September 28, 2009
You couldn't ignore Halloween if you tried, not with the shelves of nearly every store -- from your corner pharmacy to the local Wal-Mart -- piled high with candy. There's chocolate, candy bars, lollypops, licorice, chewy colored candy in cute shapes, brownie and cookie packs, hard candy, gum, and more ... much more.
This overwhelming reminder of the approach of Halloween represents more than just a tradition of dressing up in costumes to celebrate the day of the dead and then showing them off to your neighbors. Today, Halloween is really nothing more than an excuse to eat lots of sugary, insulin-triggering treats.
So in an age when close to one in five kids in the U.S. is overweight or obese, should we be rethinking our manner of celebrating this increasingly popular holiday, or simply carry on with what we've been doing? The answer appears to lie somewhere in the middle, according to childhood obesity experts.
Sarah Messiah, an epidemiologist and research assistant professor of pediatrics at the University of Miami, works closely with overweight children and their families. When asked to suggest some strategies for dealing with Halloween in the face of epidemic weight problems, Messiah suggested that parents and caregivers try to draw the focus of the day away from the habit of collecting and eating candy.
"We should try and emphasize other fun aspects of Halloween, such as creating great costumes and family pumpkin carving." She also recommends that families use the pumpkin carving experience as a means to encourage healthy eating by making tasty snacks from the interior, such as muffins and baked pumpkin seeds.
Messiah also provides another great idea for families that are comfortable in their communities: Rather than traditional trick-or-treating, the residents on her street hold a Halloween block party. Parents meet and plan the event ahead of time and organize entertaining activities such as costume contests, games and even a potluck dinner. The intention, she says, is for everyone in the neighborhood to have fun by celebrating the occasion together rather then just gathering candy.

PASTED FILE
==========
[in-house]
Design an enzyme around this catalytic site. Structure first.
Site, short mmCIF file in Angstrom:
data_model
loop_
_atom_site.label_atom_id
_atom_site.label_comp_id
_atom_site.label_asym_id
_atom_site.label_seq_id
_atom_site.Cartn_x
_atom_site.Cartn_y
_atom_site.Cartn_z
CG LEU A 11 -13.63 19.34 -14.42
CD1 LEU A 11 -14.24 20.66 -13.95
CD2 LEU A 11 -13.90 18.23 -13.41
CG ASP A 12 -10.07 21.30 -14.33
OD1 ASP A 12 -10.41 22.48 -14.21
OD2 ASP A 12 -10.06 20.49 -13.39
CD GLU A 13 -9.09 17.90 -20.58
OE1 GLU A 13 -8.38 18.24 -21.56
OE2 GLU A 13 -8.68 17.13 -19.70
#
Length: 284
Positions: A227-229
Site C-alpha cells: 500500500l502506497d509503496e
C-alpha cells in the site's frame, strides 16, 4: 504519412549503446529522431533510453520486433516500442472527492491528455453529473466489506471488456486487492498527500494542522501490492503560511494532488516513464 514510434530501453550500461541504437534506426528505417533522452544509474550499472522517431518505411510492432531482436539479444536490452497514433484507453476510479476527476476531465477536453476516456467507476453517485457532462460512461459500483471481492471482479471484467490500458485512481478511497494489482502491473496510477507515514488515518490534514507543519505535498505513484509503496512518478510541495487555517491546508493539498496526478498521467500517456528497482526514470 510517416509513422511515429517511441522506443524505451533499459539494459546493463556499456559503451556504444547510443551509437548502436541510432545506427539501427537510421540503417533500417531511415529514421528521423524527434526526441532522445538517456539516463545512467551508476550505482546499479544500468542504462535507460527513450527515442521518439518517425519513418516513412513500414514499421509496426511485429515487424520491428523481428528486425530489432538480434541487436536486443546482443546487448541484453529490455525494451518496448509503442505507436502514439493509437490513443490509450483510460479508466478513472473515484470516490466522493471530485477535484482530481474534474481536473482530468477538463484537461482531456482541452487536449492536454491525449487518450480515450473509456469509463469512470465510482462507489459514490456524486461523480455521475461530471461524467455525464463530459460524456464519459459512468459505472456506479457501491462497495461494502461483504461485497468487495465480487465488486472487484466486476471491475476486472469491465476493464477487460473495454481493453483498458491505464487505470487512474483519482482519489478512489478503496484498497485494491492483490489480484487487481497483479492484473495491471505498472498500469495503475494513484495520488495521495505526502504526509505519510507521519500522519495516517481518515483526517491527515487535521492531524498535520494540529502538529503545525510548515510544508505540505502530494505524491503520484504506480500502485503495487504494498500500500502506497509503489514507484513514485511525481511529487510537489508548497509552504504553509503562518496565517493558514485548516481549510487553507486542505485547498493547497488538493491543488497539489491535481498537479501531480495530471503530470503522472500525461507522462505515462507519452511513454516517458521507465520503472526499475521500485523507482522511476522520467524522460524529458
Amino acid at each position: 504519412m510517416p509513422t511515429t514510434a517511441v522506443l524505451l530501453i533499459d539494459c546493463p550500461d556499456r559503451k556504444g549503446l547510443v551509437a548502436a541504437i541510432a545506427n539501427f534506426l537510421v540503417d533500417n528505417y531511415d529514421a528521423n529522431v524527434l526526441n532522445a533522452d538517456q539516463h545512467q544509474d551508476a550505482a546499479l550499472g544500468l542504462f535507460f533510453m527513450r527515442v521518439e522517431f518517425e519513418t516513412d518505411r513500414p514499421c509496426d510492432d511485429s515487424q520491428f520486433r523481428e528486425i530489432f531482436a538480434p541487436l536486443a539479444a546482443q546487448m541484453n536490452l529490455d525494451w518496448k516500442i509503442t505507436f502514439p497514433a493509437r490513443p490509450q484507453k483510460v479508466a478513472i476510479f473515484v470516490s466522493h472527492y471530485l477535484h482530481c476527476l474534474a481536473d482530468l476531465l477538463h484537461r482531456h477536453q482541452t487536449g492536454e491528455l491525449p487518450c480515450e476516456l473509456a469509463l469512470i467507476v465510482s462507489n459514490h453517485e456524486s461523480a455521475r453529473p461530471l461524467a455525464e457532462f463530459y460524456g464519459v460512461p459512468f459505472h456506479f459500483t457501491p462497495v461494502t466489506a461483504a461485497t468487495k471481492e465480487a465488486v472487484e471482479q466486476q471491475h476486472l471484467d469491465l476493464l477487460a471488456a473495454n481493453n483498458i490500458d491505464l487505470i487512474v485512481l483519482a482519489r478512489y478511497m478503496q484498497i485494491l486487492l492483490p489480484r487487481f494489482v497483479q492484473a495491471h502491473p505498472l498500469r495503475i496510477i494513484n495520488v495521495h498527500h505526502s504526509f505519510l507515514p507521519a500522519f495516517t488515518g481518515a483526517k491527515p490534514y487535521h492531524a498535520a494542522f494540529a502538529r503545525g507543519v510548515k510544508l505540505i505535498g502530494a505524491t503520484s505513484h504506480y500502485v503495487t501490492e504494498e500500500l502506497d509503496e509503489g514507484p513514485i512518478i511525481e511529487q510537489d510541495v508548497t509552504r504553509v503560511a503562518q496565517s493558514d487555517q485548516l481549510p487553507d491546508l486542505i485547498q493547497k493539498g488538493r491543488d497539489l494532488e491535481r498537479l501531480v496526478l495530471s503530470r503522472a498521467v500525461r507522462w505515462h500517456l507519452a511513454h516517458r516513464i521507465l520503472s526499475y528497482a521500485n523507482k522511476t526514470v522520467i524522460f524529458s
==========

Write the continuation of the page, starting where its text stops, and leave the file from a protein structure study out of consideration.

Lucille Beseler, a Florida-based registered dietitian who specializes in pediatric and family nutrition and the author of "Nurturing with Nutrition," suggests implementing practical strategies around the occasion.
First, she stresses, parents should not isolate overweight children by denying them participation in Halloween activities, as "this will only make the child feel badly about themselves."
Instead, Beseler encourages helpful strategies such as allowing children to make the rounds of houses in the neighborhood, but then limiting the candy they're allowed to keep to a reasonable number of their favorite pieces when they return home. It's wise to predetermine this amount before kids go out and to keep the rule consistent for all children in the family regardless of their weight.
She also suggests that parents implement a system of buying back most of the candy their children have collected and then removing it from the home. "Do not keep enough candy in the house for the next six months," Beseler says.
Despite the strong association between Halloween and eating mounds of sugary treats, there are interesting and clever techniques parents can implement to take the emphasis off candy. The idea shouldn't be to dampen the spirit of Halloween, but merely to expand our ability to enjoy the occasion with other healthier customs.
Other Halloween strategies to consider:
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